Bootleg alcohol is popular across SA

Alcohol consumption/Photograph: TJ Lemon

Alcohol consumption/Photograph: TJ Lemon

Published May 25, 2024


Health authorities have sounded the alarm about a spike in fake or illegally produced alcohol, which they say is easily available across South Africa. They have also warned consumers about adverse effects caused by illicit alcohol, including blindness and death.

Fake alcohol is produced at unlicensed distilleries, homes or makeshift factories and is packaged to look like authentic brands, with the same look and feel.

According to experts, the black market makes an estimated R23.4 billion a year through the manufacturing and selling of illicit spirits.

Independent Media spoke to some people who have consumed fake alcohol. One of them was Katlehong resident Sipho Mlangeni, who said he was convinced that he had consumed fake alcohol which he bought from a local tavern.

“I think the fake alcohol, which was sold during lockdown due to Covid-19, is back. One time three friends and I bought and drank one bottle of whisky. By the end of the night we were all drunk. In the morning when I raised my head, it was spinning. That was when I concluded that it was fake alcohol,” said Mlangeni.

During the prohibition of alcohol sales during lockdown, thousands of people accessed bogus alcohol and sold it to desperate consumers. Many said it was expensive.

Driving around different drinking spots and taverns in Gauteng, one cannot help but notice people buying a beverage called “munyumunu” which has between 40% and 49% of alcohol. When consuming it, people suck an unbranded plastic container.

Locals said they bought dangerous beverages because it was cheaper than taxed alcohol sold at licensed stores.

“I drink munyumunyu just to make me drunk and happy. I pay between R2.50 and R10.00. This alcoholic beverage is affordable. I am unemployed and I receive a R350 grant every month to survive,” said Tshepo Mokoena, a resident of Vosloorus, Ekurhuleni.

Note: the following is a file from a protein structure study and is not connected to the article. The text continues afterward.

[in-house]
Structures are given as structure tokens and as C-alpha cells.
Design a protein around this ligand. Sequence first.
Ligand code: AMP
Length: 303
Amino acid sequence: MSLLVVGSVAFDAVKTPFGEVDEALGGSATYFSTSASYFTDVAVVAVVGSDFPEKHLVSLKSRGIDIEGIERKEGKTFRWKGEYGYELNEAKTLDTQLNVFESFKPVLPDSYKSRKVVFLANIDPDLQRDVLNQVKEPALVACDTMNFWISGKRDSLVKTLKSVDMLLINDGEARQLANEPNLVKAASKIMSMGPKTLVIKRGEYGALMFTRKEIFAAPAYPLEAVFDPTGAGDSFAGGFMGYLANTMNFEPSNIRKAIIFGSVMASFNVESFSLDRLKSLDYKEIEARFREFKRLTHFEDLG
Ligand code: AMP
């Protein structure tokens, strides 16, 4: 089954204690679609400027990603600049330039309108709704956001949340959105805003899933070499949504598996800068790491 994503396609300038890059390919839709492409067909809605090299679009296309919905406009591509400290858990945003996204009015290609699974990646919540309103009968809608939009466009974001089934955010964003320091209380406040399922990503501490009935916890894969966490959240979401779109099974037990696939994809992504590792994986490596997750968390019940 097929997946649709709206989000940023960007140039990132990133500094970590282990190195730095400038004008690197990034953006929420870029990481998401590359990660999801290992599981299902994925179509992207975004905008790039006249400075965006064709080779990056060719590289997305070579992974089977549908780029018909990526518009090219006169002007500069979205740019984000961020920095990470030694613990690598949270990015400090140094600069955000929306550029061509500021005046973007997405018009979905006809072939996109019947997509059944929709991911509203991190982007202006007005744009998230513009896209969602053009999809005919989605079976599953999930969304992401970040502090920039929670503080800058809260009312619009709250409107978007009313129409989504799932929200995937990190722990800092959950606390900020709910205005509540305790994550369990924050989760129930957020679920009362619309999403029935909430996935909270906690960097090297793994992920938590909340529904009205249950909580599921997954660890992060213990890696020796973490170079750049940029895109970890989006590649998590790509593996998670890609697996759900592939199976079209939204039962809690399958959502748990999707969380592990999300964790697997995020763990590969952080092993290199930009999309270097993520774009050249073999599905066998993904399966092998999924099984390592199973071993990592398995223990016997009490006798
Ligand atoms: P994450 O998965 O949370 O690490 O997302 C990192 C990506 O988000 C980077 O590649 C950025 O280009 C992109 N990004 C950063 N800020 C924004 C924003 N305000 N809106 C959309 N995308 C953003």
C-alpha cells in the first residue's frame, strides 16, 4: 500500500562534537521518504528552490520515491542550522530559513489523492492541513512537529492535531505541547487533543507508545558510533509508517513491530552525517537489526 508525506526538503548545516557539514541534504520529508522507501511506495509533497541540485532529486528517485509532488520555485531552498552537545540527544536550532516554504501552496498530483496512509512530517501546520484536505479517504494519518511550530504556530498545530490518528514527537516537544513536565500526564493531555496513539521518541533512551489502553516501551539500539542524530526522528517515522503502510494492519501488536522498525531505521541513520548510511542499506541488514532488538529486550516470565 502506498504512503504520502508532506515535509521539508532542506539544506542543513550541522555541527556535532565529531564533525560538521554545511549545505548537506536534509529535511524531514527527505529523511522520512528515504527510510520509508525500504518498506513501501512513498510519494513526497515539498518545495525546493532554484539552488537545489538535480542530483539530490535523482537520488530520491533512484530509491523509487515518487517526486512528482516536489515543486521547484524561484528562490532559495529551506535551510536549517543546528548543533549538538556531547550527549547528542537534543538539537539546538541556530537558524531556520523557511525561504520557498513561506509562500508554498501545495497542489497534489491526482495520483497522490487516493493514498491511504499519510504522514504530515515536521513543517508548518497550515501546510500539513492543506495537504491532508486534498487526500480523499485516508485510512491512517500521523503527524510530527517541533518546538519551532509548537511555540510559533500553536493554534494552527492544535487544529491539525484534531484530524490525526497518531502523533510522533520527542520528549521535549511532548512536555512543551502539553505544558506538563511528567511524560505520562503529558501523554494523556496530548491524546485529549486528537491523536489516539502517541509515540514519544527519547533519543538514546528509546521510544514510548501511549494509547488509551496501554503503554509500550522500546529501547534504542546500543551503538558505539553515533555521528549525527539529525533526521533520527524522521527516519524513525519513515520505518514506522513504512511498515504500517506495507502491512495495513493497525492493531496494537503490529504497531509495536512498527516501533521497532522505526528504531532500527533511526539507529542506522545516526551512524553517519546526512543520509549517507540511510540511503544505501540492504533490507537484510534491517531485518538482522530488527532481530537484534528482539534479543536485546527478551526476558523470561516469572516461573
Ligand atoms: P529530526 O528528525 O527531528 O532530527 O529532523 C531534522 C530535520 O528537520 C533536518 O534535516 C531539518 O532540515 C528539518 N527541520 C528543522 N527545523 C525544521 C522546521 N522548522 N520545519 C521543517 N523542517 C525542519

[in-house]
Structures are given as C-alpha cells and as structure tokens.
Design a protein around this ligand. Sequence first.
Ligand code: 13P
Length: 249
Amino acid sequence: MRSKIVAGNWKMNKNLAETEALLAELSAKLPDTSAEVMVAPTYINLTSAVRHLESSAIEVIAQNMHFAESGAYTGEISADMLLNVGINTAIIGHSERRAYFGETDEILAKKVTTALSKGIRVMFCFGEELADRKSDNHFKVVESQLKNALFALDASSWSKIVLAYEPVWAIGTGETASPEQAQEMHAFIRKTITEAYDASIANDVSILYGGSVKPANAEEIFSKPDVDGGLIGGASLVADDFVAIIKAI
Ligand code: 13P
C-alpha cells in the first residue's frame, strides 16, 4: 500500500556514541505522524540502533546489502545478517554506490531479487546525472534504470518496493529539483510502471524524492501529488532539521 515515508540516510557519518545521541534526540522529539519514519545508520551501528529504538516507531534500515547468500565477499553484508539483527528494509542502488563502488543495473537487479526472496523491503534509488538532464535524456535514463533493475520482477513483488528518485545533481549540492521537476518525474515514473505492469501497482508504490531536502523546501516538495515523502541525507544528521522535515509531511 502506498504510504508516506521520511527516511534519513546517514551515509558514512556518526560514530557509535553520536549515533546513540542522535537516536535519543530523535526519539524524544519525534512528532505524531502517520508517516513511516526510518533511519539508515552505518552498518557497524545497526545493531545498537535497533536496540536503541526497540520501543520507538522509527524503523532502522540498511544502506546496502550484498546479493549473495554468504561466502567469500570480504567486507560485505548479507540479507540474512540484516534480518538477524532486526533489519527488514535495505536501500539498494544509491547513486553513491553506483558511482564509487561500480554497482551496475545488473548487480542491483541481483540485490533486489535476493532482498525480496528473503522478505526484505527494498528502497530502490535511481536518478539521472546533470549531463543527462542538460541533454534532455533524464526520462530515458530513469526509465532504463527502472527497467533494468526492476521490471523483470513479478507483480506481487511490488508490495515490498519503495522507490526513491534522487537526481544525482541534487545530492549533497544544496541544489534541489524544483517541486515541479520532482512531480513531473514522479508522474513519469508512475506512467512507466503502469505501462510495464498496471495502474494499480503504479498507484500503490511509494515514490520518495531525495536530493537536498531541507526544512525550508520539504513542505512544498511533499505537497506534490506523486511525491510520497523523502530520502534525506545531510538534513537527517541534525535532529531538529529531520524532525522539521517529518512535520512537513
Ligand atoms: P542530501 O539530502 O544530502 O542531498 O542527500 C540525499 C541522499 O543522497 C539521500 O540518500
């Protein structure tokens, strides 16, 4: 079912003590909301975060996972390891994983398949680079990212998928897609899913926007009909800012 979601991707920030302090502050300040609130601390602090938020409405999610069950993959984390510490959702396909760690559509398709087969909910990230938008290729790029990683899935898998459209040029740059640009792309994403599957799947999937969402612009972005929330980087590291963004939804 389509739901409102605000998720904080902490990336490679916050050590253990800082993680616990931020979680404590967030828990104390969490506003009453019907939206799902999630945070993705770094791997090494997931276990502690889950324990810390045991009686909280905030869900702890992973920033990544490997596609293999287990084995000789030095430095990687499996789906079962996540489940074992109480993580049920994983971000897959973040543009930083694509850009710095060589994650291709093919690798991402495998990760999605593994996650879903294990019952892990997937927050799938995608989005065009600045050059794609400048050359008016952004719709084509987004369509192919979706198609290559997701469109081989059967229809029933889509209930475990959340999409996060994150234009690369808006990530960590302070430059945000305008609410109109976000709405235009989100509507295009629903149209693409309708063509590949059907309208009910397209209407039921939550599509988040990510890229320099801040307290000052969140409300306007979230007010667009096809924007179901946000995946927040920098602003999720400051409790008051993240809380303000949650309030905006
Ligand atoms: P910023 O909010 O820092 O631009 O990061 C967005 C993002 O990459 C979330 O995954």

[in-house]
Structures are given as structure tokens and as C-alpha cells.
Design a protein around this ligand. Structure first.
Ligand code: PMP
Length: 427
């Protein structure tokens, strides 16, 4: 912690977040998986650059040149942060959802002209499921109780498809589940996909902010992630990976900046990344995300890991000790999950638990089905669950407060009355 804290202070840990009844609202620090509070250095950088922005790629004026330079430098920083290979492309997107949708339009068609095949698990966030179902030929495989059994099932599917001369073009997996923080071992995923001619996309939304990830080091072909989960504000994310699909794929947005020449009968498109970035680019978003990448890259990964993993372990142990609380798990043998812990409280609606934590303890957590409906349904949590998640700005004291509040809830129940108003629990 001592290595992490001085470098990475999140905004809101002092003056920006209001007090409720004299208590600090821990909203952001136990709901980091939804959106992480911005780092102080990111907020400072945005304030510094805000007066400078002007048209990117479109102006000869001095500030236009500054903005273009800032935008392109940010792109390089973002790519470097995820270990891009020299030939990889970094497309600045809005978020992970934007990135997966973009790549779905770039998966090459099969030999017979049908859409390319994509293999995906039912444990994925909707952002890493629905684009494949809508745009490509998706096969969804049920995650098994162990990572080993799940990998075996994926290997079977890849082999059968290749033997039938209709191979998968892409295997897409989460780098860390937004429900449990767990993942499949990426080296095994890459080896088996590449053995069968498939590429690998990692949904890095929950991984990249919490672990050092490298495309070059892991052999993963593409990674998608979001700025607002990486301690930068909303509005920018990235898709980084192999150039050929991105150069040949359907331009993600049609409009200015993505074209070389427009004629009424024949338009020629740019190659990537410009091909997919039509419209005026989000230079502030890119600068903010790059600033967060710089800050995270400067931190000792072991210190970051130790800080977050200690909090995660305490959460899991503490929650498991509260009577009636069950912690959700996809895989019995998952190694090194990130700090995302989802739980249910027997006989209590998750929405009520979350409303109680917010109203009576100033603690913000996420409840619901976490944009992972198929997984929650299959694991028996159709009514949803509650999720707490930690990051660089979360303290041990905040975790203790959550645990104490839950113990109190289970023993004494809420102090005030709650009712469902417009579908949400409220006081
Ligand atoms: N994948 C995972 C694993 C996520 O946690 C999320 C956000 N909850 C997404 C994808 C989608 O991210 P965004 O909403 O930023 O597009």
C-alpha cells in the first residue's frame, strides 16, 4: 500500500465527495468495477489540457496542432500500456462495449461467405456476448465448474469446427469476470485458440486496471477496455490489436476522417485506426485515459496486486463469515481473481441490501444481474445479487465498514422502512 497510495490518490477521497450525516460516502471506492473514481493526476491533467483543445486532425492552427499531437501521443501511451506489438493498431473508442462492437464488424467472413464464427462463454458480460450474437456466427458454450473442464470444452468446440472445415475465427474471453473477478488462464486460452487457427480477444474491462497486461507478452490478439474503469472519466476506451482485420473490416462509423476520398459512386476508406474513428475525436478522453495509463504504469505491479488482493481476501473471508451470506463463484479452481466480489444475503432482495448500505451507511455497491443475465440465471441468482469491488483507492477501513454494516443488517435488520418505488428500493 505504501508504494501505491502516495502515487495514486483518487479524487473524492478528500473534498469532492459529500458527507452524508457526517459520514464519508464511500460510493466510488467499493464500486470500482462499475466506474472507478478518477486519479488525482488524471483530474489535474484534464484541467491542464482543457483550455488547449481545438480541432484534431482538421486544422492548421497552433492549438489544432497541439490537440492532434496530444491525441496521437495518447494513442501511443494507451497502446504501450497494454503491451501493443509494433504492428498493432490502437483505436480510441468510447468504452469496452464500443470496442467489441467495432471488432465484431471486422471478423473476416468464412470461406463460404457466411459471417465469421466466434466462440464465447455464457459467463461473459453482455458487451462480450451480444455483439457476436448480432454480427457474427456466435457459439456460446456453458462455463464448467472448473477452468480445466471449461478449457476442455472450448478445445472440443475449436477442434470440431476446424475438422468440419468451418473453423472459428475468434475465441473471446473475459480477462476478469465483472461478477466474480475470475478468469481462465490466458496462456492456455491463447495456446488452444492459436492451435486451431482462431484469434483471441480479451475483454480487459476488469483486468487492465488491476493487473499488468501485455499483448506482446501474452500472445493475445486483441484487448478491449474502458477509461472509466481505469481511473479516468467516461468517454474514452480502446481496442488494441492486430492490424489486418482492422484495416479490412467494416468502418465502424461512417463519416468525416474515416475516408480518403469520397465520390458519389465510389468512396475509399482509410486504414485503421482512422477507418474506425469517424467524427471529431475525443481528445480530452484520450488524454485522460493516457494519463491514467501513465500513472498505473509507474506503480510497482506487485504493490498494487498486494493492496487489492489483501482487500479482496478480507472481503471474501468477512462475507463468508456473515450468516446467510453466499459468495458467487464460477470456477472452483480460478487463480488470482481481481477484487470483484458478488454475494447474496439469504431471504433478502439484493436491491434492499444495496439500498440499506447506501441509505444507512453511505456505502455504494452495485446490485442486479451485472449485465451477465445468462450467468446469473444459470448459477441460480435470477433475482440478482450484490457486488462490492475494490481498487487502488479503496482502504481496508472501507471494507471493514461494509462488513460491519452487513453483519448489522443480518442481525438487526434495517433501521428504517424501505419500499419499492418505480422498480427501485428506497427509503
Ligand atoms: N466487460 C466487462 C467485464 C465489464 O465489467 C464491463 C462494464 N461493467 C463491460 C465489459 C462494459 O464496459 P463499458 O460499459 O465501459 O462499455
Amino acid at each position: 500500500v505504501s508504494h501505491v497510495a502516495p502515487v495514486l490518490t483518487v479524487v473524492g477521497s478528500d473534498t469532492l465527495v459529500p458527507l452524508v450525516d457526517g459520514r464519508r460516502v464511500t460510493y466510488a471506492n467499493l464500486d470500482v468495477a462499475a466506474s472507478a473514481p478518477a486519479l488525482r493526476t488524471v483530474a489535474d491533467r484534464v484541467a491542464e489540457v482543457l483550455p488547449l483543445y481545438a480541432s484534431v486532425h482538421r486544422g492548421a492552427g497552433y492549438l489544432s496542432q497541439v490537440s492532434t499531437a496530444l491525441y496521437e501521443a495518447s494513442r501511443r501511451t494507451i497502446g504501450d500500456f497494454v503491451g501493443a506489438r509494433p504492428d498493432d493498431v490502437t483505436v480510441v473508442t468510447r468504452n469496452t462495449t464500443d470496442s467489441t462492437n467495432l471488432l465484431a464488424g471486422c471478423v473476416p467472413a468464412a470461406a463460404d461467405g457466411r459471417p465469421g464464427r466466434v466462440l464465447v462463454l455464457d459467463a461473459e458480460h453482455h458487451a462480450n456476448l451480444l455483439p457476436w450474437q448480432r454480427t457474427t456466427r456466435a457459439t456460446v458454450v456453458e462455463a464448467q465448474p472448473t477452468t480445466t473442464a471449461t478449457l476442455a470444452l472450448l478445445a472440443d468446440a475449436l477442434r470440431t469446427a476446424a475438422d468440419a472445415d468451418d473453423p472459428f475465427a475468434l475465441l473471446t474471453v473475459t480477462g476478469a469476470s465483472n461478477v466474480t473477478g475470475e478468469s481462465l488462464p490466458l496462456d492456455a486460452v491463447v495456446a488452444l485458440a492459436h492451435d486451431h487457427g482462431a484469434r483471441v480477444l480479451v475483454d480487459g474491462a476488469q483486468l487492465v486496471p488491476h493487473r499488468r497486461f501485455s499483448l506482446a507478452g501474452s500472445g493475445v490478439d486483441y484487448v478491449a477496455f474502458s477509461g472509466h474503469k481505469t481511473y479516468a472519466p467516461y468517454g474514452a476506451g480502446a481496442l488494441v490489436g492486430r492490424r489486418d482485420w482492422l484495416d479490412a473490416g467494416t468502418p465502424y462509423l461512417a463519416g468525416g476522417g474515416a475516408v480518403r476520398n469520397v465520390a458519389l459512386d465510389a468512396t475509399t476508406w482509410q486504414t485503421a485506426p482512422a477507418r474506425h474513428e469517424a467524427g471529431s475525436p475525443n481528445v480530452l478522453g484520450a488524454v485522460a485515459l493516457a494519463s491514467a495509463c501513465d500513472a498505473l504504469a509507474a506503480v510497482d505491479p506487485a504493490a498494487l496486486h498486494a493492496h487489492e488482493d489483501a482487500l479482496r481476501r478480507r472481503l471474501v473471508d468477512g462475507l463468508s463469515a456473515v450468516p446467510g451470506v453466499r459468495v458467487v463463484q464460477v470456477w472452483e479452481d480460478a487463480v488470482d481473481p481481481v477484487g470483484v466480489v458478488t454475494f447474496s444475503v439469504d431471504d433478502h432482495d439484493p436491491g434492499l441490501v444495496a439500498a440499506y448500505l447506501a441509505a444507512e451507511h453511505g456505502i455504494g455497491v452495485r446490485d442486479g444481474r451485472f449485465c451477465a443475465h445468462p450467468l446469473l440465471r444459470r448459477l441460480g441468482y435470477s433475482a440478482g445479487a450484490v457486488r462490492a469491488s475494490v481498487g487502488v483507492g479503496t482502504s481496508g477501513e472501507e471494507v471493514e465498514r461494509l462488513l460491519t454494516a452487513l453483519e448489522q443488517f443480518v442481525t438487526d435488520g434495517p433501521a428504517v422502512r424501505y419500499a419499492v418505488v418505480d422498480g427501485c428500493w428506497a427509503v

Qualified dietitian Lebo Koitsioe said vodka is the most faked spirit.

Koitsioe said properly produced and certified alcoholic drinks were made with ethanol which was a type of alcohol approved for human consumption.

Experts said fake alcoholic drinks could be produced using other, cheaper types of alcohol and could contain unsafe chemicals used in substances such as antifreeze, screen wash and nail polish remover.

“Consuming fake alcohol can have serious health consequences with the worst-case scenario being death. Please seek medical advice and visit your nearest clinic or hospital if you think you’ve consumed fake alcohol,” said Koitsioe.

Last year IOL reported that Diageo SA Corporate Relations Director Sibani Mngadi also warned that such products were putting job security at risk across the liquor industry as they reduced consumer confidence in some of its brands. The implications of consuming illegal spirits were severe as they contained “very high amounts of ethanol, which increases the risk of poisoning”.

Mngadi raised concerns about the taxman losing about R8.5bn, which should have been collected as sin tax annually as illegal liquor distributors were not tax compliant.

Some of the symptoms associated with consuming fake alcohol include, but are not limited to:



Loss of coordination


Irregular or slow breathing

Blue-tinged or pale skin

Low body temperature (hypothermia)

Stupor (being conscious but unresponsive)

Unconsciousness (passing out)

| Additiol reporting from IOL

Saturday Star

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